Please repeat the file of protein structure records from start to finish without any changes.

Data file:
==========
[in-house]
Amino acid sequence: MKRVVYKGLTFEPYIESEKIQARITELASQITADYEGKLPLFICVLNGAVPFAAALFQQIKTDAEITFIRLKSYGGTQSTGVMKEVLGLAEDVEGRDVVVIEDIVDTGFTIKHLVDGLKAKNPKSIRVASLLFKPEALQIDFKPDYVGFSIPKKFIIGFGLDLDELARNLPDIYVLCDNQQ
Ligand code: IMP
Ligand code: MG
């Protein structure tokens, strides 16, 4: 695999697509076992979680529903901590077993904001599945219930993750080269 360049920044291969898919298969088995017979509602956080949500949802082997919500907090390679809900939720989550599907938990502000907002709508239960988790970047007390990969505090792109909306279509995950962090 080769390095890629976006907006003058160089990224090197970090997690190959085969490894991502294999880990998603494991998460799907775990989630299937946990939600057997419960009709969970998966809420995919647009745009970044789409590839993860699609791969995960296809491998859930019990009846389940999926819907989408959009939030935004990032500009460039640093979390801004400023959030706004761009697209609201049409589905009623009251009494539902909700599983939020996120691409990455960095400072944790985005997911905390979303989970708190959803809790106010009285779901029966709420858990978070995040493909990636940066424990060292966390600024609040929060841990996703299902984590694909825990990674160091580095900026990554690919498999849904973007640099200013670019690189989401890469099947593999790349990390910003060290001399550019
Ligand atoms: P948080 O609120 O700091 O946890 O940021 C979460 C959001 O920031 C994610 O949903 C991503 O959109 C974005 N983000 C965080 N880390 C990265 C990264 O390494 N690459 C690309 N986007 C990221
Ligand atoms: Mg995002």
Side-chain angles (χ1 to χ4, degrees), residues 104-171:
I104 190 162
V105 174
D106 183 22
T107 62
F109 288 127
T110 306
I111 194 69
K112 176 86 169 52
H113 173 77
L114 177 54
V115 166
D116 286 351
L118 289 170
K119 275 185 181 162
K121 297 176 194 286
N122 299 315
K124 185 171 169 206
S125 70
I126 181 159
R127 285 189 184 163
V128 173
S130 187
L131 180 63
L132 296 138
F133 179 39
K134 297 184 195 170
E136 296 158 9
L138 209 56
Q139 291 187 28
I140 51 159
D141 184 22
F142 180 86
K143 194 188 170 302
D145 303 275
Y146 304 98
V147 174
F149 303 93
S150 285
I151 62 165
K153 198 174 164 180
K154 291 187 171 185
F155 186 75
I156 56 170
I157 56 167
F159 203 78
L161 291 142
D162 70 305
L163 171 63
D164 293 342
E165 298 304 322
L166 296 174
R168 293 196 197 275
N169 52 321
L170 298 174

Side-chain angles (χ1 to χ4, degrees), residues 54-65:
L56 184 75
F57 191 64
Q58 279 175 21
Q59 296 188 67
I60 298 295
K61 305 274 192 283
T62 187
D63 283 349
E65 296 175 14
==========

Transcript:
[in-house]
Amino acid sequence: MKRVVYKGLTFEPYIESEKIQARITELASQITADYEGKLPLFICVLNGAVPFAAALFQQIKTDAEITFIRLKSYGGTQSTGVMKEVLGLAEDVEGRDVVVIEDIVDTGFTIKHLVDGLKAKNPKSIRVASLLFKPEALQIDFKPDYVGFSIPKKFIIGFGLDLDELARNLPDIYVLCDNQQ
Ligand code: IMP
Ligand code: MG
């Protein structure tokens, strides 16, 4: 695999697509076992979680529903901590077993904001599945219930993750080269 360049920044291969898919298969088995017979509602956080949500949802082997919500907090390679809900939720989550599907938990502000907002709508239960988790970047007390990969505090792109909306279509995950962090 080769390095890629976006907006003058160089990224090197970090997690190959085969490894991502294999880990998603494991998460799907775990989630299937946990939600057997419960009709969970998966809420995919647009745009970044789409590839993860699609791969995960296809491998859930019990009846389940999926819907989408959009939030935004990032500009460039640093979390801004400023959030706004761009697209609201049409589905009623009251009494539902909700599983939020996120691409990455960095400072944790985005997911905390979303989970708190959803809790106010009285779901029966709420858990978070995040493909990636940066424990060292966390600024609040929060841990996703299902984590694909825990990674160091580095900026990554690919498999849904973007640099200013670019690189989401890469099947593999790349990390910003060290001399550019
Ligand atoms: P948080 O609120 O700091 O946890 O940021 C979460 C959001 O920031 C994610 O949903 C991503 O959109 C974005 N983000 C965080 N880390 C990265 C990264 O390494 N690459 C690309 N986007 C990221
Ligand atoms: Mg995002």
Side-chain angles (χ1 to χ4, degrees), residues 104-171:
I104 190 162
V105 174
D106 183 22
T107 62
F109 288 127
T110 306
I111 194 69
K112 176 86 169 52
H113 173 77
L114 177 54
V115 166
D116 286 351
L118 289 170
K119 275 185 181 162
K121 297 176 194 286
N122 299 315
K124 185 171 169 206
S125 70
I126 181 159
R127 285 189 184 163
V128 173
S130 187
L131 180 63
L132 296 138
F133 179 39
K134 297 184 195 170
E136 296 158 9
L138 209 56
Q139 291 187 28
I140 51 159
D141 184 22
F142 180 86
K143 194 188 170 302
D145 303 275
Y146 304 98
V147 174
F149 303 93
S150 285
I151 62 165
K153 198 174 164 180
K154 291 187 171 185
F155 186 75
I156 56 170
I157 56 167
F159 203 78
L161 291 142
D162 70 305
L163 171 63
D164 293 342
E165 298 304 322
L166 296 174
R168 293 196 197 275
N169 52 321
L170 298 174

Side-chain angles (χ1 to χ4, degrees), residues 54-65:
L56 184 75
F57 191 64
Q58 279 175 21
Q59 296 188 67
I60 298 295
K61 305 274 192 283
T62 187
D63 283 349
E65 296 175 14